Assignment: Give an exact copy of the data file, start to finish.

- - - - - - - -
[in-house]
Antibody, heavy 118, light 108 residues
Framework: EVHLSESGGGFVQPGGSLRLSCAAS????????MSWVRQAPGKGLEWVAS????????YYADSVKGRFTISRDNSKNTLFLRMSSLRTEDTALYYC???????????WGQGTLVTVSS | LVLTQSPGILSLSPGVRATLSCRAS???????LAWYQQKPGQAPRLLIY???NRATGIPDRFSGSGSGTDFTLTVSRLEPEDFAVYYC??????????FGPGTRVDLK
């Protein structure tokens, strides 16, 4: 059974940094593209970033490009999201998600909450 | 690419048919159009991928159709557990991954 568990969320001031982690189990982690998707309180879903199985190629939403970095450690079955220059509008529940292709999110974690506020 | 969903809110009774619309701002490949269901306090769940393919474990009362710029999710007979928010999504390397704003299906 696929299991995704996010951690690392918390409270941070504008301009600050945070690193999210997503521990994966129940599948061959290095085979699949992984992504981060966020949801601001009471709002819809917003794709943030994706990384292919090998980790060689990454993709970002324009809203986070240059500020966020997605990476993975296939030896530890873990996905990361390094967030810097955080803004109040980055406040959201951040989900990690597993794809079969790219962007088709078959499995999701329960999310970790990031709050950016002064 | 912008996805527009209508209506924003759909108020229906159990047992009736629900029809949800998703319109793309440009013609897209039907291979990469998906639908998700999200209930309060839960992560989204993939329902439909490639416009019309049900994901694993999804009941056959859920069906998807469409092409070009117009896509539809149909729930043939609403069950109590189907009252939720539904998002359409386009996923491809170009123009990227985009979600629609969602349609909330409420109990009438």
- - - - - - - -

[in-house]
Antibody, heavy 118, light 108 residues
Framework: EVHLSESGGGFVQPGGSLRLSCAAS????????MSWVRQAPGKGLEWVAS????????YYADSVKGRFTISRDNSKNTLFLRMSSLRTEDTALYYC???????????WGQGTLVTVSS | LVLTQSPGILSLSPGVRATLSCRAS???????LAWYQQKPGQAPRLLIY???NRATGIPDRFSGSGSGTDFTLTVSRLEPEDFAVYYC??????????FGPGTRVDLK
């Protein structure tokens, strides 16, 4: 059974940094593209970033490009999201998600909450 | 690419048919159009991928159709557990991954 568990969320001031982690189990982690998707309180879903199985190629939403970095450690079955220059509008529940292709999110974690506020 | 969903809110009774619309701002490949269901306090769940393919474990009362710029999710007979928010999504390397704003299906 696929299991995704996010951690690392918390409270941070504008301009600050945070690193999210997503521990994966129940599948061959290095085979699949992984992504981060966020949801601001009471709002819809917003794709943030994706990384292919090998980790060689990454993709970002324009809203986070240059500020966020997605990476993975296939030896530890873990996905990361390094967030810097955080803004109040980055406040959201951040989900990690597993794809079969790219962007088709078959499995999701329960999310970790990031709050950016002064 | 912008996805527009209508209506924003759909108020229906159990047992009736629900029809949800998703319109793309440009013609897209039907291979990469998906639908998700999200209930309060839960992560989204993939329902439909490639416009019309049900994901694993999804009941056959859920069906998807469409092409070009117009896509539809149909729930043939609403069950109590189907009252939720539904998002359409386009996923491809170009123009990227985009979600629609969602349609909330409420109990009438």